Even last year, plans were announced to amend the Act of 5 July 2018 on the National Cybersecurity System (CSA), and the first draft of the bill was submitted for public consultations on 7 September 2020. Since then, the envisaged amendment has been revised repeatedly in the course of legislative work, and the final version of the bill – of 4 March 2021 – is now being reviewed by the Council of Ministers. Although it does not affect the crucial issues regulated in the act, there is a lot of interest in the amendment to the CSA on the part of business, and not only firms on the IT market. The proposed changes are briefly summarized below, while it is still not certain that the proposed changes will be enacted due to the lengthy period of work on the bill.

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The amendment is a matter of interest to many firms, as the CSA places special obligations on a broad range of firms. In addition, under proposals made by EU lawmakers, the range of firms affected will most likely be extended in the near future (see article on proposal for NIS 2).

Telecommunications operators will still not be subject to the CSA, although this was envisaged in the initial proposals. This means that requirements with regard to ensuring adequate security of the provided services and reporting detected incidents will not apply to telecommunications operators or network operators. On the other hand, these operators may have to comply with other requirements laid down in new provisions in the Electronic Communications Law, which is undergoing legislative work at the same time, and is intended to harmonize Polish law with Directive 2018/1972 of the European Parliament and of the Council of 11 December 2018 establishing the European Electronics Communications Code.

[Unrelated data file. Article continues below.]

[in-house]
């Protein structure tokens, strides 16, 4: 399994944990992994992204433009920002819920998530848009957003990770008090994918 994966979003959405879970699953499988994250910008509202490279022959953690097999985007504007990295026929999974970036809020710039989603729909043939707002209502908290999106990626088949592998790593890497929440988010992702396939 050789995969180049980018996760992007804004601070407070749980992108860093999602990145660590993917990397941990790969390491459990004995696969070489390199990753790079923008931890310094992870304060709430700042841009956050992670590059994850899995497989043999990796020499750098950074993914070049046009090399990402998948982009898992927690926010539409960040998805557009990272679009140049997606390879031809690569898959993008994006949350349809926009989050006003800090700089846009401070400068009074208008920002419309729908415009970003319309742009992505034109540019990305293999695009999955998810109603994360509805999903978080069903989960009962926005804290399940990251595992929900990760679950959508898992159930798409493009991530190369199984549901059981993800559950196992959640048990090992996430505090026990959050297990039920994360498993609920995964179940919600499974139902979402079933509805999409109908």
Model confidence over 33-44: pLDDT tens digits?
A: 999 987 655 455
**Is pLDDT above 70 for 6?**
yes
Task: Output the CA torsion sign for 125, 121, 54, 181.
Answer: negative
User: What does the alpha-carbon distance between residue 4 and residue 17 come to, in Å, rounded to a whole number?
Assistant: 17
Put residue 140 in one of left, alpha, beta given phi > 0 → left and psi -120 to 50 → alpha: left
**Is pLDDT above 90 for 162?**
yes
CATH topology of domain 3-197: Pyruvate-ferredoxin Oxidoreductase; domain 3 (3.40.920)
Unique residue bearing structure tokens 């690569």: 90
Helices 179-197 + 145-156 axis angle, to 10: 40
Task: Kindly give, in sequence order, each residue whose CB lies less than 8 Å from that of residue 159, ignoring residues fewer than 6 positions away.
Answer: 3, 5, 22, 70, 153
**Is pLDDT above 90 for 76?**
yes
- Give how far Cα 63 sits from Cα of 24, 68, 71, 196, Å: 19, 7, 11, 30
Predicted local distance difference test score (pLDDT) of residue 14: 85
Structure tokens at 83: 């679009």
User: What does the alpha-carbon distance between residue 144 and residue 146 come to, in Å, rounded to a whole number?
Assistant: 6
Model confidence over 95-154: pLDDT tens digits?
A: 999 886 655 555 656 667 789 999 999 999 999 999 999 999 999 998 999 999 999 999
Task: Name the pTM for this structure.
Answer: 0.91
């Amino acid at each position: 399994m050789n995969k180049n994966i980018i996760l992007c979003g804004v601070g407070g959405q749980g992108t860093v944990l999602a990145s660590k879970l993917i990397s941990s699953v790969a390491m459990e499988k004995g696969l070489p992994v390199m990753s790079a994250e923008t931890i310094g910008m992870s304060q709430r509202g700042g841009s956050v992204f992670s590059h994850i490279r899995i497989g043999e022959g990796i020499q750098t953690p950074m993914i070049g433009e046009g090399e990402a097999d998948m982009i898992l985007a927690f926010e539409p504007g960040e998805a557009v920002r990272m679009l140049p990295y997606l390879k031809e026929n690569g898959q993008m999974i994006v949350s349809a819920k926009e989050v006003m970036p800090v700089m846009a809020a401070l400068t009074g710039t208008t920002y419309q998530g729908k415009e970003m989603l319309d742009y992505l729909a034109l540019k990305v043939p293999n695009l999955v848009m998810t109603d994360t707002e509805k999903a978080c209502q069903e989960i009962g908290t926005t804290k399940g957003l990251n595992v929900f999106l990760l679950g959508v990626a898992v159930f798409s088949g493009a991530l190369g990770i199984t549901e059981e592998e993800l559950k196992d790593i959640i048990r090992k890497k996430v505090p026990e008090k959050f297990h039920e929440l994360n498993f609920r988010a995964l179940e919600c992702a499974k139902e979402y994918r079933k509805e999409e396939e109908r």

Under the current proposal for the CSA, this exemption will not apply to strategic communication network operators, i.e. namely operators of a special telecommunications network created for national security and defense purposes. A strategic communications network is to be used for operation of the country’s most important bodies, such as the Chancellery of the President, Chancellery of the Sejm and Senate, or for instance the National Security Bureau. The amendment to the CSA will therefore apply to operators of strategic communication networks.

The proposal also envisages more precise provisions on obligations of operators of key services – at the moment, operators of key services may discharge these obligations themselves, or outsource them to cybersecurity firms. Under the proposed new rules, however, these obligations will be performed by the Security Operations Center, which comprises teams that act as an operational security center – created within the organization in question or operating as independent security service providers. There will be an obligation for all organizations that act as SOCs to be listed in a special register, which will be classified. Thus the range of organizations providing cybersecurity services for operators of key services, and discharging those operators’ obligations, would be limited.

Under the amendment, other changes would also be made to the Polish cybersecurity system, giving the College of Cybersecurity and other bodies powers of risk assessment concerning suppliers of hardware or software vital to cybersecurity of bodies in the national cybersecurity system (i.e. operators of key services and suppliers of digital services, among others) or regulating operations of the  ISAC (Information Sharing and Analysis Center) regarding vulnerabilities, cyberthreats, and incidents. Importantly, the amendment to the CSA is still at the legislative stage, and no progress has been made since March this year. Therefore, the future of the proposed amendment is uncertain and it is not clear whether these changes will become law.